LIEBERMANN (voice-over): We weren't allowed to enter the shaft but the Israeli military send special gear down to see where this leads. Inside, the video shows a spiral staircase and as the camera orient itself, it moves forward into a tunnel.
The tunnel makes a sharp left turn and at the end of another path with concrete walls and an arched concrete atop, a metal door they say they have not yet opened because they fear it's booby trapped.
IDF spokesman Admiral Daniel Hagari says some of the Israeli hostages taken October 7, were also brought to the hospital. He says the body of Noa Marciano was discovered 50 meters from the compound. REAR ADMIRAL DANIEL HAGARI, ISRAEL DEFENSE FORCES SPOKESPERSON: We have evidence that they were holding hostages in Rantisi but also we have evidence that they were bringing them to Shifa Hospital, we're still looking for the places they might have held them.
LIEBERMANN (voice-over): This is not proof of the Hamas command center headquarters underneath the hospital. But Israel continues trying to build its case that Hamas uses the sanctuary of the hospital for cover, which Hamas and hospital officials have denied.
The IDF ability to continue its operation in Gaza and the credibility of Israel are at stake here, as the number killed in the fighting surpasses 12,000. According to the Hamas run Ministry of Health, the IDF says one of its missions is to destroy Hamas. But with international criticism mounting, Israel has to show the terror organization is using Gaza civilians and infrastructure as cover to justify an ongoing war. Oren Liebermann CNN in Gaza.
HARRAK: The IDF has also released videos and stills that it claims show Hamas bringing hostages into Al-Shifa Hospital on the day of the attack on October 7. CNN cannot confirm the identities of the individuals in the video or their affiliations, including those the IDF says our hostages.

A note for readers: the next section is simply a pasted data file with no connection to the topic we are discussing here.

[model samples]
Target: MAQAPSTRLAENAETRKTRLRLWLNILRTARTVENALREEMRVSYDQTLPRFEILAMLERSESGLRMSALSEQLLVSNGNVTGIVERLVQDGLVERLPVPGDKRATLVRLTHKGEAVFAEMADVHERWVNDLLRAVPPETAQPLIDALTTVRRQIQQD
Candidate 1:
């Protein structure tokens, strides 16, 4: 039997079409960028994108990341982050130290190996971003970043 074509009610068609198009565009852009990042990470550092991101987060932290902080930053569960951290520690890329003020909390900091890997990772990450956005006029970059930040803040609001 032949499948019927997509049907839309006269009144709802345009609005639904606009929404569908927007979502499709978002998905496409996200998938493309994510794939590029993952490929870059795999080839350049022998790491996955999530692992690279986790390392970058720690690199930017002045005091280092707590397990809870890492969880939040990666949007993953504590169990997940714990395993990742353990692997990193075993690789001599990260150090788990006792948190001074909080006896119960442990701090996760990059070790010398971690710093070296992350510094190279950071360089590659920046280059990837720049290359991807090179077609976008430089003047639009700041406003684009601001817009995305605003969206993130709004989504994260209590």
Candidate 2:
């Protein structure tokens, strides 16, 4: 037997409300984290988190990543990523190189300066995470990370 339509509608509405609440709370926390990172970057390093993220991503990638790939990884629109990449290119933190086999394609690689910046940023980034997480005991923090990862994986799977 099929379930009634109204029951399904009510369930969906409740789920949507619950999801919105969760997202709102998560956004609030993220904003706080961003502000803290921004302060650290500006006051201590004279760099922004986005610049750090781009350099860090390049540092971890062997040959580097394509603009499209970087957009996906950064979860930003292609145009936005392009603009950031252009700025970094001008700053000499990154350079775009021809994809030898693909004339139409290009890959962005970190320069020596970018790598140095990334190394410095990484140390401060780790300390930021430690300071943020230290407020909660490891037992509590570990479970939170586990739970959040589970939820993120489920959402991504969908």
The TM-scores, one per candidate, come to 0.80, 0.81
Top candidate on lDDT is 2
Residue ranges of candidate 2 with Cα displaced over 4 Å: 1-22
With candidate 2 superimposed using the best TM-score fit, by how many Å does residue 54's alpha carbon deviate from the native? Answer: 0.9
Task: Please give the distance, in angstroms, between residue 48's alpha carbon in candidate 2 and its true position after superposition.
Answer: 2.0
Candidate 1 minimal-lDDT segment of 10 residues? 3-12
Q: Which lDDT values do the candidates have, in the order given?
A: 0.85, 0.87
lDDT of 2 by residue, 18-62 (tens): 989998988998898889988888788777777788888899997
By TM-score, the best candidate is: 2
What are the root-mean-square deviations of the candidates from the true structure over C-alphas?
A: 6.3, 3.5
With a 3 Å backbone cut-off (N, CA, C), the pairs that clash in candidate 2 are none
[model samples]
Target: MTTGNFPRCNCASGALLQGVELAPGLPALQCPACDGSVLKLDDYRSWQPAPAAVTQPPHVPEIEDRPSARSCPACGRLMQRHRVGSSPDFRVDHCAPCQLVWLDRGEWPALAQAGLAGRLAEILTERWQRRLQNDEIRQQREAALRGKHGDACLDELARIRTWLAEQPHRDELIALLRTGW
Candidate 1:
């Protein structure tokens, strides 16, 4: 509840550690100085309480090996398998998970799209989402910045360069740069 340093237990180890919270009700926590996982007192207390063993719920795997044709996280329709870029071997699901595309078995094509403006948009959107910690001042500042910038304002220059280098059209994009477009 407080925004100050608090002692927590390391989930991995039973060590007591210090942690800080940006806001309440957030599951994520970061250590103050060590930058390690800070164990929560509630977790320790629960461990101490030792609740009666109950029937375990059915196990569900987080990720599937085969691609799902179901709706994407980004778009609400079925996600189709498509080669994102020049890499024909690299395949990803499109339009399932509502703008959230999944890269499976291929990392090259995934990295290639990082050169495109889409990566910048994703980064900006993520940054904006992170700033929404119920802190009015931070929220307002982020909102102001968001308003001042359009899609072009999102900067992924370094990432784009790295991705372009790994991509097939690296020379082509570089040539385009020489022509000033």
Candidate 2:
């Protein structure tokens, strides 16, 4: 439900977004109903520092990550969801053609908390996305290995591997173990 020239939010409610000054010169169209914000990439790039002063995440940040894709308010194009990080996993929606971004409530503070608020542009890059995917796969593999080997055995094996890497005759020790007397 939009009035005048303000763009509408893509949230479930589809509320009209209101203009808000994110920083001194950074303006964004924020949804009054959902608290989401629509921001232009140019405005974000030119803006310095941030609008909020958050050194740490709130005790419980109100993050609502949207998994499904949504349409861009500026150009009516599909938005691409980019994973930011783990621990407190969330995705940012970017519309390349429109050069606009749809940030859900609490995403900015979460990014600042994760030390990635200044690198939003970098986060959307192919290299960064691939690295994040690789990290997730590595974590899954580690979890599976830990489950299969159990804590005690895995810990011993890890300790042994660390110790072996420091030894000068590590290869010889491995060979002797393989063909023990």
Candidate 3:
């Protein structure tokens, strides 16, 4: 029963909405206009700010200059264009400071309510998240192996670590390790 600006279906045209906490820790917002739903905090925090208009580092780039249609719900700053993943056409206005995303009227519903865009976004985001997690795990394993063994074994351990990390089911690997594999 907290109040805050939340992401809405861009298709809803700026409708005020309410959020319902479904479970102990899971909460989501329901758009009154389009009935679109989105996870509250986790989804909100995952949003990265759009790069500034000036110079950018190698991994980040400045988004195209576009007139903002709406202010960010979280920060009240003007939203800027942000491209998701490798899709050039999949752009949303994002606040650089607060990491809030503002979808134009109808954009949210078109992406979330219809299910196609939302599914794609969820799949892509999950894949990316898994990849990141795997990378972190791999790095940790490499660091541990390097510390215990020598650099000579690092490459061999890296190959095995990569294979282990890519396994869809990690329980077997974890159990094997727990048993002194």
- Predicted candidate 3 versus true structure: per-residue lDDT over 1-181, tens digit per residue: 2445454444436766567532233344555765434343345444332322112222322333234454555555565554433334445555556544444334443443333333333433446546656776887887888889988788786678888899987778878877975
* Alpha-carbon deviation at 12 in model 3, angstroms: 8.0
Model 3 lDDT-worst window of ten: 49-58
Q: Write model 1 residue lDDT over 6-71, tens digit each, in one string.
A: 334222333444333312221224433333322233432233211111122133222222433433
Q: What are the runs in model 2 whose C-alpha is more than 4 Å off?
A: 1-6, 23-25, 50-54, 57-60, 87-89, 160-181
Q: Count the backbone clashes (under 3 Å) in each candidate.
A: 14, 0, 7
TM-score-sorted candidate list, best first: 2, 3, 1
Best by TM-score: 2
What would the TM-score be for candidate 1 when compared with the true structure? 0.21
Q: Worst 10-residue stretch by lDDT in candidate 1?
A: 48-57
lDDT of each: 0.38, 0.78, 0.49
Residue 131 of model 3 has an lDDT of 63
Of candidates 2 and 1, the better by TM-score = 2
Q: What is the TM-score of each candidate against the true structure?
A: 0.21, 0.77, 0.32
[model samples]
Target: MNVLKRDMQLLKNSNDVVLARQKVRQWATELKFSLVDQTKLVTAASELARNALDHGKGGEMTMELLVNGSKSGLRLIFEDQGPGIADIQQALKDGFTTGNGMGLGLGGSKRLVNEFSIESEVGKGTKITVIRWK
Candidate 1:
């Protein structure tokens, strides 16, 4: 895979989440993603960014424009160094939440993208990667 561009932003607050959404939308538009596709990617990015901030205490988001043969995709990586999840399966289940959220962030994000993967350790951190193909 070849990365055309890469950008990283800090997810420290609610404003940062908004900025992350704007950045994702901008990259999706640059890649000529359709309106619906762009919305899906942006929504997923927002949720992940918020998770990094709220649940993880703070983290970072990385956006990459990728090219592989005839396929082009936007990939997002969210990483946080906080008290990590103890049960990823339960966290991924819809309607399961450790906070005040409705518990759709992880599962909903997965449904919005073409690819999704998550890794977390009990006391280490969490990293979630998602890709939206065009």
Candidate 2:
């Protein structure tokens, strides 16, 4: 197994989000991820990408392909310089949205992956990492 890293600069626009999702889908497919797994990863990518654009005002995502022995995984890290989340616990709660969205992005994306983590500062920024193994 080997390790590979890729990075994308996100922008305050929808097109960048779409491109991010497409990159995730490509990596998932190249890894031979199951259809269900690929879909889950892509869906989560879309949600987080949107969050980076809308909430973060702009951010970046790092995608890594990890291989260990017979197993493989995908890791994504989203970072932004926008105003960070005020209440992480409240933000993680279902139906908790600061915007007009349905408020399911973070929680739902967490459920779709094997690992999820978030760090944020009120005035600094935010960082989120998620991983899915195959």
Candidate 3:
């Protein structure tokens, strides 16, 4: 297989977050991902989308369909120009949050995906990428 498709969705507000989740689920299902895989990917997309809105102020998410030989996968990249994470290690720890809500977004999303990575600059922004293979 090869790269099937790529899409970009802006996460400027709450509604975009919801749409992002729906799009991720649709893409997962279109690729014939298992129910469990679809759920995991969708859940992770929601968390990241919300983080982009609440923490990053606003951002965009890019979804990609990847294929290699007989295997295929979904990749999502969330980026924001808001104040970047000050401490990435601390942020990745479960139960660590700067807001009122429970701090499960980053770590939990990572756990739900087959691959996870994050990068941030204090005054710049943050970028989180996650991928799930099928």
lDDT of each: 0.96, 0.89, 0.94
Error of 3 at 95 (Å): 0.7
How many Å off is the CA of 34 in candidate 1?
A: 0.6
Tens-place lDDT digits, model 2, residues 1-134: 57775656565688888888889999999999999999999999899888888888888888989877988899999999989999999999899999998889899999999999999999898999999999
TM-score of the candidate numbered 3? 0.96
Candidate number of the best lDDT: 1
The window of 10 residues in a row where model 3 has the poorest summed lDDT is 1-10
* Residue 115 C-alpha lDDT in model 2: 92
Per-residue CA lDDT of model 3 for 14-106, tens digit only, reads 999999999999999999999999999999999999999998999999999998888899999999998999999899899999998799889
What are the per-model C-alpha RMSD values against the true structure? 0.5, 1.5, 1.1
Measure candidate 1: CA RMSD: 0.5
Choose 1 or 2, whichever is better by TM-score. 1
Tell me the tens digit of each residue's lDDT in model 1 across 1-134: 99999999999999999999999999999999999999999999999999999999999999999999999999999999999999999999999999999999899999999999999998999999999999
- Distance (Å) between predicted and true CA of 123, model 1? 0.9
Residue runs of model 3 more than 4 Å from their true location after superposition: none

CNN also cannot independently verify the content of the videos or the series of events the IDF said to place. But according to the IDF, this CCTV video shows a hostage being brought in through the hospital's main entrance that day. And you can see a man is being frogmarched through the building.
And this other video purportedly shows a second hostage. That person has a bandaged hand and is being pushed on a gurney down a hospital hallway and into a room.
Well, Hamas-run Gaza health ministry is questioning the authenticity of the videos and stills but says if true, they showed that hospitals were providing medical care to anyone who needed it.
Sources tell CNN that a deal to secure the release of some of the hostages Hamas is holding could be days away. They say a recent draft of a possible deal proposes a four to five-day pause in fighting in exchange for the release of some 50 hostages. CNN's Priscilla Alvarez has the details.
PRISCILLA ALVAREZ, CNN WHITE HOUSE REPORTER: Negotiators from various countries who are working on the release of hostages held by Hamas express rare optimism over the weekend but the direction of those talks. Sources tell CNN that a draft of a possible deal includes a four to five-day pause in fighting for the initial release of 50 hostages and potentially more pauses thereafter. But the source is stressed that no deal has been struck yet. And that
text has been going back and forth for weeks underscoring how delicate and intensive these talks have been.
Now deputy national security adviser Jon Finer said on CNN Sunday that disagreements have been narrowed down and that they are the closest that they have been since these negotiations started weeks ago. But he went on to say that nothing is agreed upon until everything is agreed upon, again going to show how difficult this has been for everyone involved.
Now, just as an example of how tenuous these talks can be, Hamas sources say, stepped away or went dark from the negotiations at least once when Israel raided Al-Shifa Hospital. Another key issue that sources pointed to was how to implement the deal including aid shipments.